One of the biggest strengths of SAP PowerDesigner is the ability to configure and extend the modelling environment, allowing you to adapt the tool to suit the way you want to work, instead of adapting the way you work to the limitations of the tool. For example, PowerDesigner allows you to configure and extend the support provided for a DBMS, by modifying the ‘Database Definition File’.
In this session Ondřej Diviš from MIBCON DIMA s.r.o. will describe some scenarios where the ability to configure and extend DBMS support can help you significantly.
He will show you how to modify:
the algorithms responsible for reverse engineering a database into a PowerDesigner PDM
For 14 years I`ve been focused on CASE tool PowerDesigner and how it could be deployed to our customers in order to support their processes in most effective way. My job is kind of my hobby too (besides my family, motorbike and badminton) and I like to explore all the possible (and some impossible too) ways of extending and customizing PowerDesigner. What have I found so far? That PowerDesigner can help you significantly with so many tasks/processes around DBs (and processes, applications, development, architecture,…) that it is hard to imagine it, when you say it is just “another CASE tool”. And that is what I like to reveal to our customers too.
The free version of the Financial Industry Business Data Model has been downloaded many times – it’s managed using the SAP PowerDesigner modelling tool, and users of other data modelling tools need to import the PowerDesigner Logical Data Model that is supplied. There are two concerns here:
FIB-DM is a very big model with some deep super/subtype hierarchies
even if your tool can import a PowerDesigner model, the chances are that the import doesn’t work perfectly
If your tool of choice is Idera ER/Studio Data Architect, you can use the built-in metadata import feature to import the PowerDesigner model, but I know that you won’t be happy with the result, so I’ve converted the model for you.
Are you migrating data models from SAP PowerDesigner to Idera ER/Studio Data Architect? You’ll soon find that the standard PowerDesigner LDM import in ER/Studio doesn’t convert everything properly. For example, some data types aren’t converted in the way I would like them to be converted. I came across this issue when I imported the FIB-DM model (in PowerDesigner format) to ER/Studio. I could manually update the incorrect data types, or write a macro to do it. The macro would need to know which data types to fix, based on knowledge of the data types in the original PowerDesigner model. I didn’t want to hard-code the attribute names in a macro, instead I’ve used the template language within PowerDesigner to generate a macro to update the exact objects that I know there will be problems with. If you’re converting any PowerDesigner models to ER/Studio, you’ll come across the same issues as I did, so take a look at what I’m doing –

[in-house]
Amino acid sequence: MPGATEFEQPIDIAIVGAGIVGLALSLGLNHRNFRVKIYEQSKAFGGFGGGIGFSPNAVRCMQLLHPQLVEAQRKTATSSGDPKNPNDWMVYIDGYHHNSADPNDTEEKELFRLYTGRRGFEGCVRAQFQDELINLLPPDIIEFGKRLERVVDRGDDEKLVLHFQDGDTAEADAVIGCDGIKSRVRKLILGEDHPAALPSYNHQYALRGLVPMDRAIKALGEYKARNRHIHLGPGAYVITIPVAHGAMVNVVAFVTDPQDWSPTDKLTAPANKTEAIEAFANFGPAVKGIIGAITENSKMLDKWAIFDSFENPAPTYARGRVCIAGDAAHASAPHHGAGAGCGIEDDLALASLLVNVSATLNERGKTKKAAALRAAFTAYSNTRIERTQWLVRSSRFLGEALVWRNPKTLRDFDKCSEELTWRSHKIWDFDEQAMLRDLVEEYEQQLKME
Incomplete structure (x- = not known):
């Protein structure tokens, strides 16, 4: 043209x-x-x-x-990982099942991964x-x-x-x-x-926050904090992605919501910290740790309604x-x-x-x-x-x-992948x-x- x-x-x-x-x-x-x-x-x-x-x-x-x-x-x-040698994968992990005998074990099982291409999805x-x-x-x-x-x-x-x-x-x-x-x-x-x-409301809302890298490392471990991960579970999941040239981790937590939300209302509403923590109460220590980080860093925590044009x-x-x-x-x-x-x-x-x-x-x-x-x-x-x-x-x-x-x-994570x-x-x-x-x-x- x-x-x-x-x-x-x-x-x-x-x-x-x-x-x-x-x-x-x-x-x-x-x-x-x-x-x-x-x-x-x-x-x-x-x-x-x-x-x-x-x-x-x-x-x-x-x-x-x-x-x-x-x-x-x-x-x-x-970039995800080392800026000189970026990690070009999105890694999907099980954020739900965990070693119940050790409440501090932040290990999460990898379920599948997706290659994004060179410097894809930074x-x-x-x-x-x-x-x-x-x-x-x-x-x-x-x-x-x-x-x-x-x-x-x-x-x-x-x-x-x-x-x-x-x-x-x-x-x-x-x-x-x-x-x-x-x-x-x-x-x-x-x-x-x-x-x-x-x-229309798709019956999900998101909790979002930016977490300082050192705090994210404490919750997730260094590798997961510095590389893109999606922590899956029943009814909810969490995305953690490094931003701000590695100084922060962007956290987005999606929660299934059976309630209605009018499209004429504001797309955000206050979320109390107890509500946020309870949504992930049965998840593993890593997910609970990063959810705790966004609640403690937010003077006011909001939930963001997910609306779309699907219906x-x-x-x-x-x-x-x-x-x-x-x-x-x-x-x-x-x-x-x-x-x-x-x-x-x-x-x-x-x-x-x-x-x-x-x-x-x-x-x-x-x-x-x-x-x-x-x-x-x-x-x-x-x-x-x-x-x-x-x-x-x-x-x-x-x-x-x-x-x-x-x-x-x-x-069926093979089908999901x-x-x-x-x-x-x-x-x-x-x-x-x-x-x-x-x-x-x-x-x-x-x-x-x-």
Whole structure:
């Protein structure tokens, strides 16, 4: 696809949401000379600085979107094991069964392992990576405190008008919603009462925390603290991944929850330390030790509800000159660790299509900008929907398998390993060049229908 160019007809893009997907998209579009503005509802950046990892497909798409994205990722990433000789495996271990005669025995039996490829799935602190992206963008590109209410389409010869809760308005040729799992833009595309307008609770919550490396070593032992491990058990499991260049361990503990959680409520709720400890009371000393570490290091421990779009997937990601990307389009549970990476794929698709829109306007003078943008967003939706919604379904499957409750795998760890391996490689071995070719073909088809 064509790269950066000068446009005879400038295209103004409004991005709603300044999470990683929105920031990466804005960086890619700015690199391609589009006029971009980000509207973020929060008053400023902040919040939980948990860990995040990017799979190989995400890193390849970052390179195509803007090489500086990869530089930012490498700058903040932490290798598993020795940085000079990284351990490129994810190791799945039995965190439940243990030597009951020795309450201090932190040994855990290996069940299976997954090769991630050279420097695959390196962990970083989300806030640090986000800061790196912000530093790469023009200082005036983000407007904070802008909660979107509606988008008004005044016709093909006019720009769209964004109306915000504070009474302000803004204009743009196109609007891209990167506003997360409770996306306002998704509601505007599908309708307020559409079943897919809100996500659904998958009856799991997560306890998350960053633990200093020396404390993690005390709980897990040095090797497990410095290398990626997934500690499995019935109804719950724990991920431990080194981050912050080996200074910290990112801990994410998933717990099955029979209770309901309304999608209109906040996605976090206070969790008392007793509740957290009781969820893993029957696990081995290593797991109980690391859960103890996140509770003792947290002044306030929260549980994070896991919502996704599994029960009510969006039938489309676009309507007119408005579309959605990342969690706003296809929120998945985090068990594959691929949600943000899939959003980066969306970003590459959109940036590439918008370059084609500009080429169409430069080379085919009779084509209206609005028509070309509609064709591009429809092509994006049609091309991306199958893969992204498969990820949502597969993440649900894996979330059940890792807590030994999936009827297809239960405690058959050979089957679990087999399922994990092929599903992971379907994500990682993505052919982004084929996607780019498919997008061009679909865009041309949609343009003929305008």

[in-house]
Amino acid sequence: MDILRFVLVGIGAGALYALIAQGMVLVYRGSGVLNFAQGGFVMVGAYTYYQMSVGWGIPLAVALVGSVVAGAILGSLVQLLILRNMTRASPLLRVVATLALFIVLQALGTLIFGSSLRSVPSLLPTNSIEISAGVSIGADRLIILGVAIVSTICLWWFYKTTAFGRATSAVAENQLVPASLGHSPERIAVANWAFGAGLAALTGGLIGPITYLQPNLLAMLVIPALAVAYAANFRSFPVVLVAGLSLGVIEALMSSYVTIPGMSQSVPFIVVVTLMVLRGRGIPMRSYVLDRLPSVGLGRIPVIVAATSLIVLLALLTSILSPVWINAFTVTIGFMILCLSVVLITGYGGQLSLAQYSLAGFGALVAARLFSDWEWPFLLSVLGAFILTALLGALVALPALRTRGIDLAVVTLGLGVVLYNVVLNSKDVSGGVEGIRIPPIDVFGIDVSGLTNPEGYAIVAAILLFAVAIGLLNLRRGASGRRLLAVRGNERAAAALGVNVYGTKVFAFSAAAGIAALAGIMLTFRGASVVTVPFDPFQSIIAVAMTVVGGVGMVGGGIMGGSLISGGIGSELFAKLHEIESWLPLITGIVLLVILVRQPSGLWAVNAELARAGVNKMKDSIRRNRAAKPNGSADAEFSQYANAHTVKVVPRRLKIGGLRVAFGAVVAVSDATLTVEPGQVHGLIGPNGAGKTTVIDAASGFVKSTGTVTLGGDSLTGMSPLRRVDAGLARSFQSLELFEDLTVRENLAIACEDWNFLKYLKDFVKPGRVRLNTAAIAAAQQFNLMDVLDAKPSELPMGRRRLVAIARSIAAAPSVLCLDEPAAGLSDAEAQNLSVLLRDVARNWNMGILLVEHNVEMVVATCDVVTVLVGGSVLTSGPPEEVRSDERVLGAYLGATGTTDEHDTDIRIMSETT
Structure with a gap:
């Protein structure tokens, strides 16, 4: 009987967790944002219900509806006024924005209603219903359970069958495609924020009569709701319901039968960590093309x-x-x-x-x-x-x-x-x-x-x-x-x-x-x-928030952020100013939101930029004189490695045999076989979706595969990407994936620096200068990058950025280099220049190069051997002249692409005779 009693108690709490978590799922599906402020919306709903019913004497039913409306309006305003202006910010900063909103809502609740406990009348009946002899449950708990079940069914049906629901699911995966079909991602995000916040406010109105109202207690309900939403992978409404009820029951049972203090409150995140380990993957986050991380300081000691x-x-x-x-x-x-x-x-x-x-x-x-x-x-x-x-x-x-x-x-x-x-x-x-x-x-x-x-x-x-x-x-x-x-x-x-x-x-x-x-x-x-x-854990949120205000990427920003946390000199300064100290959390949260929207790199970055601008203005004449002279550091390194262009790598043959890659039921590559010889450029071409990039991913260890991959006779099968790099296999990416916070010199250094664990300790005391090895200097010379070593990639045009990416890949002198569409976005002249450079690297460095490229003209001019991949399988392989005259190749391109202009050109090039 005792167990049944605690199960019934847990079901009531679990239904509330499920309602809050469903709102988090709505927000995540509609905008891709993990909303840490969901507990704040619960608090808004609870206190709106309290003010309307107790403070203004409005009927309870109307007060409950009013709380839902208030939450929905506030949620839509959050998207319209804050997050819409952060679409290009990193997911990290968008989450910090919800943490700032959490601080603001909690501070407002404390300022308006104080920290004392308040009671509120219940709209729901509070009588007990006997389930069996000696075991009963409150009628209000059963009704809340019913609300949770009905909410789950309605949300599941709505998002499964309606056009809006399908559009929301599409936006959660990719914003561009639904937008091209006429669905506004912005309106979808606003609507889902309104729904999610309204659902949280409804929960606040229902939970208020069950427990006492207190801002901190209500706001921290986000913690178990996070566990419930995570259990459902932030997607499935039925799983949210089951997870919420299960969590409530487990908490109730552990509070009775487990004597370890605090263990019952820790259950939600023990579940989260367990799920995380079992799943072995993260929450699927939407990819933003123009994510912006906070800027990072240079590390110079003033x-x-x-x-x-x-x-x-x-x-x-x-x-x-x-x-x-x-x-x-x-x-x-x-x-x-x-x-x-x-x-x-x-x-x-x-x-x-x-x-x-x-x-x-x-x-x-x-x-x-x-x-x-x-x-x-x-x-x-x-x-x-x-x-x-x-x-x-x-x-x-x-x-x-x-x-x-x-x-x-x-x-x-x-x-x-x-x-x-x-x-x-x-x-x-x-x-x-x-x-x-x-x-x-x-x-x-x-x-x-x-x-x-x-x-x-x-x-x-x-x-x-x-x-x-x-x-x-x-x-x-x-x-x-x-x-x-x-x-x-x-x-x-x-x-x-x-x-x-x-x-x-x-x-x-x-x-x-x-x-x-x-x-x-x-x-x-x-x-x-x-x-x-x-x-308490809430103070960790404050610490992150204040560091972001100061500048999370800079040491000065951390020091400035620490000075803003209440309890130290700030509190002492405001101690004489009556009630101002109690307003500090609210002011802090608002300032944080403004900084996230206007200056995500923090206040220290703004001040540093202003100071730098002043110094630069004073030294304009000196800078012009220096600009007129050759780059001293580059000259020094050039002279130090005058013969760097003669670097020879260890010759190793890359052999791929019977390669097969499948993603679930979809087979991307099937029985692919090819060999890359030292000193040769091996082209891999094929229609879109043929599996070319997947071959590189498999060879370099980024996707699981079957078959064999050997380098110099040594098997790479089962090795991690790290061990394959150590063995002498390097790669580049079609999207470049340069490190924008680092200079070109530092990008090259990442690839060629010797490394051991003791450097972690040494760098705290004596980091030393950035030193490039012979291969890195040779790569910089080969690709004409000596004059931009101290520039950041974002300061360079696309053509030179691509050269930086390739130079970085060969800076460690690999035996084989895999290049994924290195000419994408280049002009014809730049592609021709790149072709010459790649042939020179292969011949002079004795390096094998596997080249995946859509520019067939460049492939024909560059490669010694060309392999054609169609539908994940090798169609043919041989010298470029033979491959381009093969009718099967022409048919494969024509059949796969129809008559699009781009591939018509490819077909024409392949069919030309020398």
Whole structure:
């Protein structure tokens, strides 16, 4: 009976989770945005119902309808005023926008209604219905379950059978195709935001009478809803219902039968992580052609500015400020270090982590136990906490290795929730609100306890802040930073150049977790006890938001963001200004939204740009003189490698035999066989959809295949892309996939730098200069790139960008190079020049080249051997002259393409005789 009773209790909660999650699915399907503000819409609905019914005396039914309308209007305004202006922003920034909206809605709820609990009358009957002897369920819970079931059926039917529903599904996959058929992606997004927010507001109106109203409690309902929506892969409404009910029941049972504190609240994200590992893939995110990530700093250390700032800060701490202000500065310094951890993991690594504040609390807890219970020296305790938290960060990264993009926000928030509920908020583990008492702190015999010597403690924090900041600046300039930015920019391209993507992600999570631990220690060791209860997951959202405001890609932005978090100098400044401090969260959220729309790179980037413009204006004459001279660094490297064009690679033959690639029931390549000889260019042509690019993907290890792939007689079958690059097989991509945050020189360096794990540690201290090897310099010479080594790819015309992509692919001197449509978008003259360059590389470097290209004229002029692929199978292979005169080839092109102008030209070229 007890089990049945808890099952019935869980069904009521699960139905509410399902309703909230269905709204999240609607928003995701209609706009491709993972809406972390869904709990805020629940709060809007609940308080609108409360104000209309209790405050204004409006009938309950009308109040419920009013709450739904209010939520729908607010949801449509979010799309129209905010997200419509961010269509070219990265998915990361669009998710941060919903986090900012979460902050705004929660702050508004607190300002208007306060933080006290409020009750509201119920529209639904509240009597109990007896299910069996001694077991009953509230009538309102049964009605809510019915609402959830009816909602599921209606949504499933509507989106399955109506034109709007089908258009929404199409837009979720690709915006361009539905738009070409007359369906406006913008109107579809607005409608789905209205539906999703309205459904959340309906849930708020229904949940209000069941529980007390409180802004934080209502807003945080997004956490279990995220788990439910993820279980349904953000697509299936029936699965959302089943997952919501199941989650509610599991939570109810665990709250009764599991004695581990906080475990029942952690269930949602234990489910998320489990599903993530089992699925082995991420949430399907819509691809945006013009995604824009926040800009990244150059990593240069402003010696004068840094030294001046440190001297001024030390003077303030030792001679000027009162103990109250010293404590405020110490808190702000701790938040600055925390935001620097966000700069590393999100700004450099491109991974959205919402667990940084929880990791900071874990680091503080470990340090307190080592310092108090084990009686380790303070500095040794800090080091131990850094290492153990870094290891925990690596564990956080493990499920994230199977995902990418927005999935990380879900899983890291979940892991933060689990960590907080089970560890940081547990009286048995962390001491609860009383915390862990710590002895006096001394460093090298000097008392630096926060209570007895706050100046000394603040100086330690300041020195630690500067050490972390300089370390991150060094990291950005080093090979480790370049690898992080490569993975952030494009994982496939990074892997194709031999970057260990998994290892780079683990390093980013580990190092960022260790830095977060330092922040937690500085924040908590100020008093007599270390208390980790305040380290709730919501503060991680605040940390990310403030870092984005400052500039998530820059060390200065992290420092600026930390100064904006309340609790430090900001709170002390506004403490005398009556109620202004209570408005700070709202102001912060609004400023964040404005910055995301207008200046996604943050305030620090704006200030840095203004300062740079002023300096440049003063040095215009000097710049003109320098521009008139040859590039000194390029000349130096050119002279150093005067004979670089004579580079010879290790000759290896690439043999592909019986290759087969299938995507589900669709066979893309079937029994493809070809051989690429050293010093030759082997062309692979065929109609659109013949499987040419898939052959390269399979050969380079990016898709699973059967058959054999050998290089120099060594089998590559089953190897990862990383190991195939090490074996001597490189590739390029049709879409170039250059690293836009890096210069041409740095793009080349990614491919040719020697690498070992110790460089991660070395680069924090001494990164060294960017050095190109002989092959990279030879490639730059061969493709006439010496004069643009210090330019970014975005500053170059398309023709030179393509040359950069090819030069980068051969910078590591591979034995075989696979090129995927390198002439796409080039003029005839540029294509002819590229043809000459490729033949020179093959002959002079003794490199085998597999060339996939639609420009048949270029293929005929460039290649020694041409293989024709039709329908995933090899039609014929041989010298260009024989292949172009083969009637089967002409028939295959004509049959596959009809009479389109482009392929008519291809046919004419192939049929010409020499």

I’m working on my process to convert the FIB-DM model from SAP PowerDesigner to Idera ER/Studio Data Architect. I’d like to improve on the standard import. so I considered exporting metadata from PowerDesigner into one or more Excel workbooks, then writing ER/Studio macros to read the Excel workbook and update the ER/Studio model. Then it occurred to me – there’s an easier way.
Using the Generation Template Language in PowerDesigner, I can generate the ER/Studio macro with all the metadata embedded (like using Mail merge in Microsoft Word to create a document containing content from Excel). I have to use two different programming languages, but I’d have to do that anyway. This way, I know the macro has the right content, I don’t need to make sure I’m importing from the right Excel file.
Here’s a sample of the output – it’s a mixture of boilerplate text and metadata, all controlled by logic based on the model contents.
Here’s the top-level GTL Template that creates this. The boilerplate text is in black and the metadata selection is in blue:
One of my clients has been experimenting with their first Conceptual Data Model in PowerDesigner. They created the model using the PowerDesigner client software, and checked it in to the repository.
The PowerDesigner Web allows anyone with the right privileges to view your models using a web browser – here’s part of a Conceptual Data Model, shown in PowerDesigner Web:
You can see that I’ve selected one of the Relationships (called “Supplier >- provide -< Ingredient”) – the Relationship name is visible on the diagram, along with the two role names (“provide” and “be available from”).
My client was curious, because the same relationship, when displayed in the PowerDesigner client, did not show the Relationship name, only the role names. He wondered why that was so, and what he could do about it.
If you have the same question, or you are just as curious, please watch this video.
By the way, the diagrams shown here are based on those in Steve Hoberman’s latest book, The Rosedata Stone.